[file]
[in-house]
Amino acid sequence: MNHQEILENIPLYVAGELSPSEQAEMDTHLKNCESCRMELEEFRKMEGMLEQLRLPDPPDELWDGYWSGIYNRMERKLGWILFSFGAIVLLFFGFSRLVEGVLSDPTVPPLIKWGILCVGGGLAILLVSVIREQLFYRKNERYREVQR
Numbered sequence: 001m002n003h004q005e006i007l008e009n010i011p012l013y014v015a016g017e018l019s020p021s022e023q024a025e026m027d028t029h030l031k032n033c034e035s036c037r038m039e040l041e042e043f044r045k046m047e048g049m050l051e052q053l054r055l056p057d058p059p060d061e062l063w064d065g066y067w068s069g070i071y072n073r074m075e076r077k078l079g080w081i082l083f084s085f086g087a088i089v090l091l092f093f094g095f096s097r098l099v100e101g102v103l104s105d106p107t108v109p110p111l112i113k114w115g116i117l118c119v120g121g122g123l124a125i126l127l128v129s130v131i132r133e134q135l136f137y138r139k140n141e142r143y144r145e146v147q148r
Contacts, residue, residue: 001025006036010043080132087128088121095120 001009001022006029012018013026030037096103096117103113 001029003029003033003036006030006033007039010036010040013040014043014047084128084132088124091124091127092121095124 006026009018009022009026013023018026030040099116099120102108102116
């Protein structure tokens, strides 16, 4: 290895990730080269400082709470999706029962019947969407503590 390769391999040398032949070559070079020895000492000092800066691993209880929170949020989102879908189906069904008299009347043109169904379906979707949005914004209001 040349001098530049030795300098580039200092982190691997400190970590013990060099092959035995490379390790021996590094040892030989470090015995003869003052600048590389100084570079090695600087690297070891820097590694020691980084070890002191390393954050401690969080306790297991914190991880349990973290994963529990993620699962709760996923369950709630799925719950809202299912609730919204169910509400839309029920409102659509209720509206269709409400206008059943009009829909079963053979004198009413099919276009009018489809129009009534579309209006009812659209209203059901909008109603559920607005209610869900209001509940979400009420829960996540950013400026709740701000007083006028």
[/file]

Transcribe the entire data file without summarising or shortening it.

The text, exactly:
[in-house]
Amino acid sequence: MNHQEILENIPLYVAGELSPSEQAEMDTHLKNCESCRMELEEFRKMEGMLEQLRLPDPPDELWDGYWSGIYNRMERKLGWILFSFGAIVLLFFGFSRLVEGVLSDPTVPPLIKWGILCVGGGLAILLVSVIREQLFYRKNERYREVQR
Numbered sequence: 001m002n003h004q005e006i007l008e009n010i011p012l013y014v015a016g017e018l019s020p021s022e023q024a025e026m027d028t029h030l031k032n033c034e035s036c037r038m039e040l041e042e043f044r045k046m047e048g049m050l051e052q053l054r055l056p057d058p059p060d061e062l063w064d065g066y067w068s069g070i071y072n073r074m075e076r077k078l079g080w081i082l083f084s085f086g087a088i089v090l091l092f093f094g095f096s097r098l099v100e101g102v103l104s105d106p107t108v109p110p111l112i113k114w115g116i117l118c119v120g121g122g123l124a125i126l127l128v129s130v131i132r133e134q135l136f137y138r139k140n141e142r143y144r145e146v147q148r
Contacts, residue, residue: 001025006036010043080132087128088121095120 001009001022006029012018013026030037096103096117103113 001029003029003033003036006030006033007039010036010040013040014043014047084128084132088124091124091127092121095124 006026009018009022009026013023018026030040099116099120102108102116
């Protein structure tokens, strides 16, 4: 290895990730080269400082709470999706029962019947969407503590 390769391999040398032949070559070079020895000492000092800066691993209880929170949020989102879908189906069904008299009347043109169904379906979707949005914004209001 040349001098530049030795300098580039200092982190691997400190970590013990060099092959035995490379390790021996590094040892030989470090015995003869003052600048590389100084570079090695600087690297070891820097590694020691980084070890002191390393954050401690969080306790297991914190991880349990973290994963529990993620699962709760996923369950709630799925719950809202299912609730919204169910509400839309029920409102659509209720509206269709409400206008059943009009829909079963053979004198009413099919276009009018489809129009009534579309209006009812659209209203059901909008109603559920607005209610869900209001509940979400009420829960996540950013400026709740701000007083006028």